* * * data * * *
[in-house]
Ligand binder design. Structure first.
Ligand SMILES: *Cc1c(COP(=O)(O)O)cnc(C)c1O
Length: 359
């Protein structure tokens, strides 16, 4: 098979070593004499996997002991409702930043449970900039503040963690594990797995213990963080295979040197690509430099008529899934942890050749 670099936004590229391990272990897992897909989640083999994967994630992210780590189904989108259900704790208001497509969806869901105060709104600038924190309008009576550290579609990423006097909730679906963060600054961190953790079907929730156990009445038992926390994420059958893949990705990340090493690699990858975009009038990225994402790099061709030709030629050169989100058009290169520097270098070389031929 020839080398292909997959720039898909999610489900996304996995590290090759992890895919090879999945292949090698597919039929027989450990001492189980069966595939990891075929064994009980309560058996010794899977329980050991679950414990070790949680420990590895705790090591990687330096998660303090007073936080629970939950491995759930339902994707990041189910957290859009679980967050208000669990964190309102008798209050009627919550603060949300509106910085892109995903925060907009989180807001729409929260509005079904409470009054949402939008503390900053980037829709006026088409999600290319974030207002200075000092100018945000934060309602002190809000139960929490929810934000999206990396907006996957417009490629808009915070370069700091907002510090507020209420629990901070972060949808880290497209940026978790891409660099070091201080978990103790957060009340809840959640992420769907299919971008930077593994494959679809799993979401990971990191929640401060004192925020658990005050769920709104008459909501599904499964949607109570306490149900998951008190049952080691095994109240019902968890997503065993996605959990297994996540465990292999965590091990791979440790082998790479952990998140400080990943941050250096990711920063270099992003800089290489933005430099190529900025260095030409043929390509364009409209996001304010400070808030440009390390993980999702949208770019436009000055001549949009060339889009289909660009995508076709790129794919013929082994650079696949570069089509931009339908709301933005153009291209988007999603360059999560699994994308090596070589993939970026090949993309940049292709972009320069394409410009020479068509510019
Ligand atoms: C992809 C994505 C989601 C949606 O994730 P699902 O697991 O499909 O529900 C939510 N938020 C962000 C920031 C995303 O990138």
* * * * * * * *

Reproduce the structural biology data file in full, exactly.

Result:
[in-house]
Ligand binder design. Structure first.
Ligand SMILES: *Cc1c(COP(=O)(O)O)cnc(C)c1O
Length: 359
């Protein structure tokens, strides 16, 4: 098979070593004499996997002991409702930043449970900039503040963690594990797995213990963080295979040197690509430099008529899934942890050749 670099936004590229391990272990897992897909989640083999994967994630992210780590189904989108259900704790208001497509969806869901105060709104600038924190309008009576550290579609990423006097909730679906963060600054961190953790079907929730156990009445038992926390994420059958893949990705990340090493690699990858975009009038990225994402790099061709030709030629050169989100058009290169520097270098070389031929 020839080398292909997959720039898909999610489900996304996995590290090759992890895919090879999945292949090698597919039929027989450990001492189980069966595939990891075929064994009980309560058996010794899977329980050991679950414990070790949680420990590895705790090591990687330096998660303090007073936080629970939950491995759930339902994707990041189910957290859009679980967050208000669990964190309102008798209050009627919550603060949300509106910085892109995903925060907009989180807001729409929260509005079904409470009054949402939008503390900053980037829709006026088409999600290319974030207002200075000092100018945000934060309602002190809000139960929490929810934000999206990396907006996957417009490629808009915070370069700091907002510090507020209420629990901070972060949808880290497209940026978790891409660099070091201080978990103790957060009340809840959640992420769907299919971008930077593994494959679809799993979401990971990191929640401060004192925020658990005050769920709104008459909501599904499964949607109570306490149900998951008190049952080691095994109240019902968890997503065993996605959990297994996540465990292999965590091990791979440790082998790479952990998140400080990943941050250096990711920063270099992003800089290489933005430099190529900025260095030409043929390509364009409209996001304010400070808030440009390390993980999702949208770019436009000055001549949009060339889009289909660009995508076709790129794919013929082994650079696949570069089509931009339908709301933005153009291209988007999603360059999560699994994308090596070589993939970026090949993309940049292709972009320069394409410009020479068509510019
Ligand atoms: C992809 C994505 C989601 C949606 O994730 P699902 O697991 O499909 O529900 C939510 N938020 C962000 C920031 C995303 O990138």